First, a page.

Inception

Sleek, smart, sci-fi indie spectacle. Go see. Discuss.

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14 Responses to “Inception”

  1. Hmmm, how have you seen it already? This one has been on my radar since I saw the trailer.

    Christopher Nolan is definitely an interesting filmmaker who seems to bring a bit more to the table that your average blockbuster director. But how does he qualify as “indie” if his films are made with huge wads of cash? He obviously doesn’t make these things on little shoestring budgets. Are we talking more about an attitude? Being willing to do something original and different?

    • christian Says:

      I’m in Hollywood. My turf.

      I call it “indie” half joking but it does have that vision and attitude.

  2. Christopher Nolan has become one of those filmmakers, like Ridley Scott, that nything new of theirs I’ll schedule ato watch no matter the subject. Inception is one of those I’ve anxiously awaited. Can’t wait until this weekend. Thanks.

  3. Yeah, I’m stoked to see this too and will be seeing it this weekend. Can’t wait. I’ve been a fan of his since MEMENTO.

  4. can t wait !!!!! here, it’s coming out next week…..

  5. I say this yesterday. Wow. I’m definitely on the side of folks who loved this film. A brainy Hollywood blockbuster – who woulda thunk?

    INCEPTION is the kinda film that really needs to be seen a few times, I think. I felt like after the end credits rolled that I just scratched the surface of the film and really needed to watch it again to absorb what was going on much more fully.

    Easily DiCaprio’s best role to date. He really nailed and conveyed the moral complexities of his character. The rest of the cast was top notch, in particular Joseph Gordon-Levitt and Tom Hardy. These guys need to do a buddy cop film together or something.

    I also enjoyed the hell out of the climactic action sequence where Nolan juggled three different action scenes in three different dream worlds. Holy crap, that must’ve been a helluva sequence to edit and make it coherent for the audience but Nolan and his editor pulled it off.

    • christian Says:

      The film is a mind bender, but I never felt it beyond comprehension. I enjoyed Leo too, still think he’s one of our best actors. Tom Hardy did rule. Ellen Page was good in the audience surrogate role. Joseph Gordon-Levitt really sold his dogged dedication, especially in the hall fight. Zimmer’s great, audacious score made it feel like the Most Important Battle In The World.

      And I love the last shot especially the audience groaning in delighted frustration. It’s an original with some classic moments.

  6. super cool flick. i know it’s very spoilerly but what are your (as in anybody’s) interpretations of the end? i have my own read but i’m just curious how others saw it and why; the person i saw it with had a different opinion from me, taking the warble of the top to mean cobb was back in the real world and had succeeded in his mission.

  7. saw it yesterday. amazing movie. the perfect james bond, with a narrative spin so mind-bending, i m still drooling.

    *spoilers !*

    there are a lot of possible explanations for the ending. there are several issues : the non-aging kids, the wobble-not, the wedding ring, michael caine, the fact that they awake in the plane WITHOUT Iv drips, the idea of Mal being still alive, wanting her husband back from limbo and trying to incept him to think something….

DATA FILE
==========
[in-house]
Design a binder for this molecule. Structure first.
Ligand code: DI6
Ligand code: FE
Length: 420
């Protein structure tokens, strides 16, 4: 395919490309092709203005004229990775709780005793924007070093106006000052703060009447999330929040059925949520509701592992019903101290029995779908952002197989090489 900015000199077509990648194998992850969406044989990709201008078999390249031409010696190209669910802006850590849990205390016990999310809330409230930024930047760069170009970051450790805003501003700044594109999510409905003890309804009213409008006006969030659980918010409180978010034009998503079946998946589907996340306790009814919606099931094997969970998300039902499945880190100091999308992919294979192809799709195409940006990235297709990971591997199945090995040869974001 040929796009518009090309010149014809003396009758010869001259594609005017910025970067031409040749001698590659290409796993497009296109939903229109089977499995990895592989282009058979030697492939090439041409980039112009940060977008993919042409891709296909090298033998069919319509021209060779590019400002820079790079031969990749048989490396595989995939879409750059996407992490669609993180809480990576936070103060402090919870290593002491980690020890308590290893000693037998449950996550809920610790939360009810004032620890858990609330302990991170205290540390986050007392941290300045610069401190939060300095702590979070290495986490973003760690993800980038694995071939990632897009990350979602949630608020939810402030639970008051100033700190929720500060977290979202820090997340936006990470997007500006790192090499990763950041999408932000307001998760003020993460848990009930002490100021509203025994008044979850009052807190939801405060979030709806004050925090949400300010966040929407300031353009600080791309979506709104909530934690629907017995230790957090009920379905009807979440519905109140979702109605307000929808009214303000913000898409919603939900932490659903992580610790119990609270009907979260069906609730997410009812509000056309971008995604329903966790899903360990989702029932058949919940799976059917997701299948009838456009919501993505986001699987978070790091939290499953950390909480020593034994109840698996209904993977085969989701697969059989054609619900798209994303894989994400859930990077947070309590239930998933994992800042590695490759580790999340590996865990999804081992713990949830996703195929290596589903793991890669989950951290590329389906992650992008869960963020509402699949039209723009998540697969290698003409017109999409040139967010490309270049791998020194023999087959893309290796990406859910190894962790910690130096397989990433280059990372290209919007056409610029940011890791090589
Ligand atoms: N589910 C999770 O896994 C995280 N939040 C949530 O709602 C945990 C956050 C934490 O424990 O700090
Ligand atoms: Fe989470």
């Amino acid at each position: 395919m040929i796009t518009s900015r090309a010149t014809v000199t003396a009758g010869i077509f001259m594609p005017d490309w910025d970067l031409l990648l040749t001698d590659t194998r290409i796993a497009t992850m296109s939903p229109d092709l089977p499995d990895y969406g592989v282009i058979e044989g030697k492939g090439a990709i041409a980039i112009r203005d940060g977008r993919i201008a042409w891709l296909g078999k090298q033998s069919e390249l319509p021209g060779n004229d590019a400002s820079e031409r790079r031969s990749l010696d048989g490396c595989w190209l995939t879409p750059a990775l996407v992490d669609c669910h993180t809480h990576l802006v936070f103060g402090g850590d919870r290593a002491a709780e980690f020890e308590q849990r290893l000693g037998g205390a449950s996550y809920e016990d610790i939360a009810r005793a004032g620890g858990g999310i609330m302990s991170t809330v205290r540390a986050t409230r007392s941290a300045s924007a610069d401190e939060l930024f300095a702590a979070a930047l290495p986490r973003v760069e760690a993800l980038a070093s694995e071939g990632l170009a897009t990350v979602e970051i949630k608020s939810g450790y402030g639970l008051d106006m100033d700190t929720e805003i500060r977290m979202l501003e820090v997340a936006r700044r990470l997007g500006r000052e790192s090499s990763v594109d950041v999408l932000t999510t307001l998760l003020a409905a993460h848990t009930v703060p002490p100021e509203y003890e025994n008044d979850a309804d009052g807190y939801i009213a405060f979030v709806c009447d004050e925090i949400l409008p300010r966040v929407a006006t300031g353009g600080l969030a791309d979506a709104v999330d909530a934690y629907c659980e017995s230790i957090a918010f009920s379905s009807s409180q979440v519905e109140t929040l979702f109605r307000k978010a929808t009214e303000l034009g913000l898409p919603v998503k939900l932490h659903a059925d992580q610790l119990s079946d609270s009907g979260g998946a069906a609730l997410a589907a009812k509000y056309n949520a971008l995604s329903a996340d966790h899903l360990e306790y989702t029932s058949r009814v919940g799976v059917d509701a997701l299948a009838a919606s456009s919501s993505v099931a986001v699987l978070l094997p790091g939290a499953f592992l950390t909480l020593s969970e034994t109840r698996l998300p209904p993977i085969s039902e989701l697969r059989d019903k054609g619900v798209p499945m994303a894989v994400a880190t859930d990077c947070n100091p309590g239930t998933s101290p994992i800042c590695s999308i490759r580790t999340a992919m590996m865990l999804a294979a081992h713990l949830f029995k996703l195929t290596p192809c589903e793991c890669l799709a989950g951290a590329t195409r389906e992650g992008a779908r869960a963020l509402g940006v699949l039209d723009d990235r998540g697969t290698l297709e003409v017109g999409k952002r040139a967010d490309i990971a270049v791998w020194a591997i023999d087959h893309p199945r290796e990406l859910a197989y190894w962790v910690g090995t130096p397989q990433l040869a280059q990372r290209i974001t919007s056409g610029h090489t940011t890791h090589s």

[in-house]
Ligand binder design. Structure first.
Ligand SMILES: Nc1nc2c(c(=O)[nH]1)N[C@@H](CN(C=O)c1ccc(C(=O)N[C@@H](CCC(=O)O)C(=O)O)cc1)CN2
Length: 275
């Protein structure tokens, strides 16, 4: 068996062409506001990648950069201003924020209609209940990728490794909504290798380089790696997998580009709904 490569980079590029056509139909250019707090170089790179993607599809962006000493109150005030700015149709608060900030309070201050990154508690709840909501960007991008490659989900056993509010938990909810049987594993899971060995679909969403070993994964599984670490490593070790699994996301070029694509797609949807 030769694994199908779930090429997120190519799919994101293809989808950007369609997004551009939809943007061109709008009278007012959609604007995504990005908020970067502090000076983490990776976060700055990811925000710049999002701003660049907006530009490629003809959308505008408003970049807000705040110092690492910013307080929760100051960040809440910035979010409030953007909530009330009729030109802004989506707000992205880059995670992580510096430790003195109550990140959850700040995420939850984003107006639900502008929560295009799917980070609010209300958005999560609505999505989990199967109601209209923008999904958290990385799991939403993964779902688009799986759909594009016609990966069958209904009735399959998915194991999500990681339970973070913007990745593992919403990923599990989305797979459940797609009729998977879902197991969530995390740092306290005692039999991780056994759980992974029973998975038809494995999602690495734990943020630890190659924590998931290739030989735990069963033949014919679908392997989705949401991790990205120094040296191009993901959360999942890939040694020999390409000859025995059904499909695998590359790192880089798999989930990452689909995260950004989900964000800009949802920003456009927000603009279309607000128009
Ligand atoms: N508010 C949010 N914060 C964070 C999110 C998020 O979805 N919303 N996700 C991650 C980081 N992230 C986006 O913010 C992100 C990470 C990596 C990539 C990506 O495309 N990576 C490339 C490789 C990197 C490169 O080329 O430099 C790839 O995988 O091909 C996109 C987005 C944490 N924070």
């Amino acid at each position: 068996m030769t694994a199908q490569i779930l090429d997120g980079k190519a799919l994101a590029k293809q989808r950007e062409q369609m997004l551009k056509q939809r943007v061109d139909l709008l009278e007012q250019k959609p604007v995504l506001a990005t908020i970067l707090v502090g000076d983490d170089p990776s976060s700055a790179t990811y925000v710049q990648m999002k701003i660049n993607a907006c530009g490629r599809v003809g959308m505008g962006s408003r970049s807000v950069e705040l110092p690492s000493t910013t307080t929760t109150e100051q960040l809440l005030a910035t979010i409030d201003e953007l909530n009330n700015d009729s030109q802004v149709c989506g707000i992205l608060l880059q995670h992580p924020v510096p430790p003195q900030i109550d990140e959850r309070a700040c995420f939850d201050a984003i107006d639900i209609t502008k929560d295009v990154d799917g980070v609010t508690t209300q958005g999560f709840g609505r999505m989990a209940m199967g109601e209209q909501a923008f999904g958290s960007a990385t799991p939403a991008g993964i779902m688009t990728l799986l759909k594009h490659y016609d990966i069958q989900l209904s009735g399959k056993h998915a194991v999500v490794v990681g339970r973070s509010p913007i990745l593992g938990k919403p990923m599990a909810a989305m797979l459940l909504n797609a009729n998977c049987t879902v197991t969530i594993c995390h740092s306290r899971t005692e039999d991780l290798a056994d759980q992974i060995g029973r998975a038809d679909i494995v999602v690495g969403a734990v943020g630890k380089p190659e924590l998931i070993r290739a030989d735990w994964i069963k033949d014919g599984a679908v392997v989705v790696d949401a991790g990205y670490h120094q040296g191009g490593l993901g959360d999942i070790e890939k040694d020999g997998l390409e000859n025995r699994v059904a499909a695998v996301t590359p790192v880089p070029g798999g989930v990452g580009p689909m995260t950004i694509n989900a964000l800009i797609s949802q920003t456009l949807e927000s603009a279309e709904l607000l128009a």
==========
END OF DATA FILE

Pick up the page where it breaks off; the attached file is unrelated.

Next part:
more here

    http://www.cinematical.com/2010/07/19/dissecting-inception-six-interpretations-and-five-plot-holes/

    i guess the only thing that matters is really that inception can be so much things, have so much meanings… like a dream. there are no experts on dreams. only dreamers, and many different dreams. first time a blockbuster movie actually treated his public as a smart beast.

    some more madness :

  8. christian Says:

    I do have to say that I haven’t wondered at all about the final shot nor about any of the layers of dream logic. For me, the movie works within its parameters and didn’t leave me with a “need to know.”

    • Exactly how I feel about the film. We know the studio(s) always want the option of a sequel (especially if the film is raking in $$$). I think this stands up just fine on its own. That it generates discussion is fine by me, specifically because of that last scene, is something Nolan has done before. Remember the quick image of Leonard near the end of MEMENTO? The one where he’s laying with his (dead?) wife and the blank space over his heart now has the tattoo that signifies he’s slain his wife’s killer? Thanks, christian.

      • totally agree, the movie works perfectly without any exit sign. the layers were actually quite clear as a closed narrative. i doubt that they would want to make a sequel. an open ending does not specifically calls for a sequel (remember the end of the thing, with people actually arguing over the fact that one of two survivors was infected ?) – open endings have ben used like this, as an incentive, but it is not mandatory. open ended movies are pretty much the equivalent of a nightmare, which is by definition an aborted dream (some say a botched dream). i guess with this movie, the need to know can be replaced by “the will not to know”.

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